GableStage, also with 13 nominations, was recognized for its gloriously theatrical production of The Royale about sports and race relations; the farce It’s Only A Play; A Minister’s Wife, one of its rare forays into musicals; Stalking the Bogeyman about a grown victim of child molestation; and Hand To God, the dark comedy about a teenager and his satanic sock puppet.
Actors’ Playhouse was honored for work in West Side Story, Million Dollar Quartet and Buyer & Cellar, a one-man comedy about a man working for Barbra Streisand, which gave Chris Crawford as best actor nod.
But more modest companies scored as well. Theatre Lab, the professional company that began fully-staged performances last season at Florida Atlantic University, won two nods for Deborah Zoe Laufer’s Three Sisters of Weehauken. The Theatre at Arts Garage in Delray Beach, which cancelled the rest of its season for this year, scored actress nominations for Elizabeth Price as the troubled dollmaker in Reborning and Avery Sommers as the legendary chanteuse Bessie Smith in The Devil’s Music.
Thinking Cap Theatre, the scrappy cutting edge troupe that renovated a church in Fort Lauderdale, received five nominations its surrealistic play Mud and its highly theatrical A Public Reading of an Unproduced Screenplay about the Death of Walt Disney.
Analyzing trends geographically: Slow Burn, Island City and Thinking Cap Theatre in Fort Lauderdale’s continuing growth and popularity kept Broward County a more active center than a few years ago, listing 22 nominations, down a bit from last year’s 25. But Miami-Dade County theaters picked up the slack with 39 nominations compared to 28 last year. Palm Beach County dropped from 47 to 39.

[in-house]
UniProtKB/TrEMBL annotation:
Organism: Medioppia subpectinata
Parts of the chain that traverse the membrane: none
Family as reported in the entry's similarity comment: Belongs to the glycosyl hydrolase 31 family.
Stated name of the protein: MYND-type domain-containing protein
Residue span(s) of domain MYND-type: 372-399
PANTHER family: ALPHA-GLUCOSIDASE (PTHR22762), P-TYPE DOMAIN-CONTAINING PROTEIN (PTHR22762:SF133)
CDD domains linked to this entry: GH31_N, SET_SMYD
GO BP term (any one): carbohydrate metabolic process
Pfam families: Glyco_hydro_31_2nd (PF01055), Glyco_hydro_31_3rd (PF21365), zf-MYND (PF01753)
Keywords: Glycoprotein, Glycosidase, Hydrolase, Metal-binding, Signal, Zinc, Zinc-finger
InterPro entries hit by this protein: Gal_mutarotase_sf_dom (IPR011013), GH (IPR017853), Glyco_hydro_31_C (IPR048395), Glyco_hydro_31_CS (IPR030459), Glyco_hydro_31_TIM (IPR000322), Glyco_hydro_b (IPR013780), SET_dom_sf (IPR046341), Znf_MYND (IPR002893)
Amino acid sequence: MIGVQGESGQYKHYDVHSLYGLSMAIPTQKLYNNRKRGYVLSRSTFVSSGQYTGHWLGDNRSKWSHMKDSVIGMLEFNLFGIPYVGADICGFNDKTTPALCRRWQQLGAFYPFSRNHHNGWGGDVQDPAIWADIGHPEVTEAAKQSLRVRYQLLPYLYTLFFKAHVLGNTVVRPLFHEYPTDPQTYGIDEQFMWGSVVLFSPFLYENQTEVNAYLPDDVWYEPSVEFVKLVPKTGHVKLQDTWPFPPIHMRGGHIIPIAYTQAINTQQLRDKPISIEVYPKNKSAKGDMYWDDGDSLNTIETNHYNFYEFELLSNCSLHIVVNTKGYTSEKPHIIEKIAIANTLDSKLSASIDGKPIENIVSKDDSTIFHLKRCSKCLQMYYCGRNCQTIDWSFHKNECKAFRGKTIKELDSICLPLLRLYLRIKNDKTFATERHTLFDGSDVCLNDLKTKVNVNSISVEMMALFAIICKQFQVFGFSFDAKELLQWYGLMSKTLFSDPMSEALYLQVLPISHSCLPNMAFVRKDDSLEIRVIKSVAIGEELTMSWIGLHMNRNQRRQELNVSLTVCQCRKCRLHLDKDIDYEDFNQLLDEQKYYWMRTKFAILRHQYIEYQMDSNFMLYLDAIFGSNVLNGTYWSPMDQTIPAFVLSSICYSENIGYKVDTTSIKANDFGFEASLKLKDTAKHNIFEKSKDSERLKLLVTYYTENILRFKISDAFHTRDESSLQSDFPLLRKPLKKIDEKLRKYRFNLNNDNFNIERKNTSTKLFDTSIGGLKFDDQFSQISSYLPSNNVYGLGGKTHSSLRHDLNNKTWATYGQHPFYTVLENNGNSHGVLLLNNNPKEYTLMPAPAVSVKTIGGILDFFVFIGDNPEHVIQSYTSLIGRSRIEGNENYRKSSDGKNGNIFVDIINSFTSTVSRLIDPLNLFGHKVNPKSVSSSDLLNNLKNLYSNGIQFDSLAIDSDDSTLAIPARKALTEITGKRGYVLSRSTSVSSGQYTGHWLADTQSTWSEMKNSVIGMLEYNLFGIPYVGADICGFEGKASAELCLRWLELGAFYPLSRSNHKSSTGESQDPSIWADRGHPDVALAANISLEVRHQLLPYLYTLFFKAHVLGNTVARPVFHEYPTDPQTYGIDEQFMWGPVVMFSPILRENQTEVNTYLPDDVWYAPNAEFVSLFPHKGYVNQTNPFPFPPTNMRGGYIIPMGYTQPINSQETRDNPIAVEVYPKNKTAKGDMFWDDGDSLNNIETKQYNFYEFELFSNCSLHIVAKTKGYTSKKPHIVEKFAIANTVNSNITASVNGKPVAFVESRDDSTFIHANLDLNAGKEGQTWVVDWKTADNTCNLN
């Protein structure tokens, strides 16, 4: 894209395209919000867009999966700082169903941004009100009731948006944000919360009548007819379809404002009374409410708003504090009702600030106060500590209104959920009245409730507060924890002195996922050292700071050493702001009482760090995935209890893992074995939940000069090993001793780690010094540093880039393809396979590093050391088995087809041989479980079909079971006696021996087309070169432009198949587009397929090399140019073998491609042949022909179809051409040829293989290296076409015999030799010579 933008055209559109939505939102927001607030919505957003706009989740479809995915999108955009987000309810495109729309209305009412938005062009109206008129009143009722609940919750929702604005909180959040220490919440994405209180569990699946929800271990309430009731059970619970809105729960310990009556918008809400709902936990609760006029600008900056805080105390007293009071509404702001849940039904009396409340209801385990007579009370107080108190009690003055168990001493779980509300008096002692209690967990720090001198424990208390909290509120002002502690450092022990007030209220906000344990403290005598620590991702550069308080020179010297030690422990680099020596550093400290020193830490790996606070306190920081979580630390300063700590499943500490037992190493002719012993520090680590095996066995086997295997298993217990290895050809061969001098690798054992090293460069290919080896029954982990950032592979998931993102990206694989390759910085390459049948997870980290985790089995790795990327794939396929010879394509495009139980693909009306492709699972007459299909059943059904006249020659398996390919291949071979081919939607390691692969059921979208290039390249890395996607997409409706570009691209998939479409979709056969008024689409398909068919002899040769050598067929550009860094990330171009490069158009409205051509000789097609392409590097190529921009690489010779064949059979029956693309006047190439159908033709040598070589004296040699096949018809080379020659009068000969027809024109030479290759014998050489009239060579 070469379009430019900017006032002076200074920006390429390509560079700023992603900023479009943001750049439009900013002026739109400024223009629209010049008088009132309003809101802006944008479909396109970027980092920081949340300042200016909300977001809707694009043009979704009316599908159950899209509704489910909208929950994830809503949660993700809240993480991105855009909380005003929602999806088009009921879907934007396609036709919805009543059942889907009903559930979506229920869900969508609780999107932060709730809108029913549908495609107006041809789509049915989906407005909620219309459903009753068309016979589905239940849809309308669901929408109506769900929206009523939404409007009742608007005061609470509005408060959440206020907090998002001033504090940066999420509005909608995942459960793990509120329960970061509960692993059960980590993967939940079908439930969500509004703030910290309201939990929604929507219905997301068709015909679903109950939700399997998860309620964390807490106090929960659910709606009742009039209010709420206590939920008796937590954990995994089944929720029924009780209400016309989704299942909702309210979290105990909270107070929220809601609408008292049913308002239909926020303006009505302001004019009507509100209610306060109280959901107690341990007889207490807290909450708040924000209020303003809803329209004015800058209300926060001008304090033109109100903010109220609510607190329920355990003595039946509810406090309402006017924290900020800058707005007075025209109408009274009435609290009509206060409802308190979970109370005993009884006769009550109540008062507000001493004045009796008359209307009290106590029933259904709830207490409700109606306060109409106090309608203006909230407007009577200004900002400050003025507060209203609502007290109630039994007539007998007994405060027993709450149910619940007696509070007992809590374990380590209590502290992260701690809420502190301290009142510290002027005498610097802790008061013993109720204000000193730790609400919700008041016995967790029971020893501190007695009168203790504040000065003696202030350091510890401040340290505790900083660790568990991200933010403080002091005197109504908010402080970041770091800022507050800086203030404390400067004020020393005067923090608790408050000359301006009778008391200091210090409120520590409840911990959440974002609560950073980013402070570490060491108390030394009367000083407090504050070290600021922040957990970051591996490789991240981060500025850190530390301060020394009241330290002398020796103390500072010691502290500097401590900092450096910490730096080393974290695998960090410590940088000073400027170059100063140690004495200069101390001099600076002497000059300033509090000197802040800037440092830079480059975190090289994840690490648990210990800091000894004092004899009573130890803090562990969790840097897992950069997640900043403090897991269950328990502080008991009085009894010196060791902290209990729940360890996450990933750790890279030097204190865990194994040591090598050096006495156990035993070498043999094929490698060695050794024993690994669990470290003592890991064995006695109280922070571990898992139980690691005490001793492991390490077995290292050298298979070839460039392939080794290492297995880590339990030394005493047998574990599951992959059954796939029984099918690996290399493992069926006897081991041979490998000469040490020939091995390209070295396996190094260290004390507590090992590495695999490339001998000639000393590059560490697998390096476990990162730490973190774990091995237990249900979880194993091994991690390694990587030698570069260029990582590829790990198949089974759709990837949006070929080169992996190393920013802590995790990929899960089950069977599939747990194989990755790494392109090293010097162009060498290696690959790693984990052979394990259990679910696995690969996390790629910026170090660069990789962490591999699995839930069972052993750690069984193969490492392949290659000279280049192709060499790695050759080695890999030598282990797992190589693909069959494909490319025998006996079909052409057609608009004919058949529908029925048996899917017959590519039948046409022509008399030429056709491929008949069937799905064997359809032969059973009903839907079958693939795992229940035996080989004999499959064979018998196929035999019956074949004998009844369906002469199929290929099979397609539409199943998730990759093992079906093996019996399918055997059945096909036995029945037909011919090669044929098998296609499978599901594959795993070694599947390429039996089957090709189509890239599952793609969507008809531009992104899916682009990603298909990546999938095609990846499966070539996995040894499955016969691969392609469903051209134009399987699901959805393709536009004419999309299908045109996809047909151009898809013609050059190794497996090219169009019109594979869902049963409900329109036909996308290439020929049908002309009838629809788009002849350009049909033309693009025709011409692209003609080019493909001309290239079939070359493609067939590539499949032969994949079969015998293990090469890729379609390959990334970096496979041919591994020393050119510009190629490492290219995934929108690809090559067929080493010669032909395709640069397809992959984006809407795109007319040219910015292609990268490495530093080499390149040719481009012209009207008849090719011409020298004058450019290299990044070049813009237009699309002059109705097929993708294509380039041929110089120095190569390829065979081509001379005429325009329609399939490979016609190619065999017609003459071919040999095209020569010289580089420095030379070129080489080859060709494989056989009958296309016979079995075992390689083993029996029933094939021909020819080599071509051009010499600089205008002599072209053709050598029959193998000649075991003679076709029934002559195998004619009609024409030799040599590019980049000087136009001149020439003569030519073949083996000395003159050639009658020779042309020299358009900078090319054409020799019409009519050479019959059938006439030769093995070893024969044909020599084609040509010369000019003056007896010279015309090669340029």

There were surprising nods as well. The venerable Area Stage won best scenic design and lighting design for its dystopian The Nether, a product of the company’s attempt to move into adult fare. Mad Cat Theatre’s production of the off-beat three-hour Annie Baker slice of life The Flick was acknowledged for Paul Tei’s direction and its three-actor ensemble. The divisive work was staged in the audience portion of Miami Theater Center.
Another surprising nod was best new work to Family Pool Productions, an ad hoc company in Boca Raton created to develop the world premiere of Charles Gluck’s family play Unlikely Heroes. The other new work nominations were After, Middletown and Three Sisters of Weehawken. While there were several other new works last year, the Carbonell judging committee limited the list to four instead of the usual five.
As often happens, some nominees are up against themselves in the same category or have been nominated in separate categories. They are Caryl Fantel, for musical direction of The Hunchback of Notre Dame and Passion; Patrick Fitzwater for choreography for Heathers director for Spring Awakening; Jeni Hacker for actress in Passion and supporting actress in After; Laura Hodos for actress in The Will Rogers Follies, and supporting actress in 1776; Michael McKeever for best new work and supporting actor in After; Stuart Meltzer for direction for a musical in Passion and a play After; Marty Mets for sound design for Frost/Nixon and Me and My Girl, and the aforementioned Matt Loehr.
42 Years of Excellence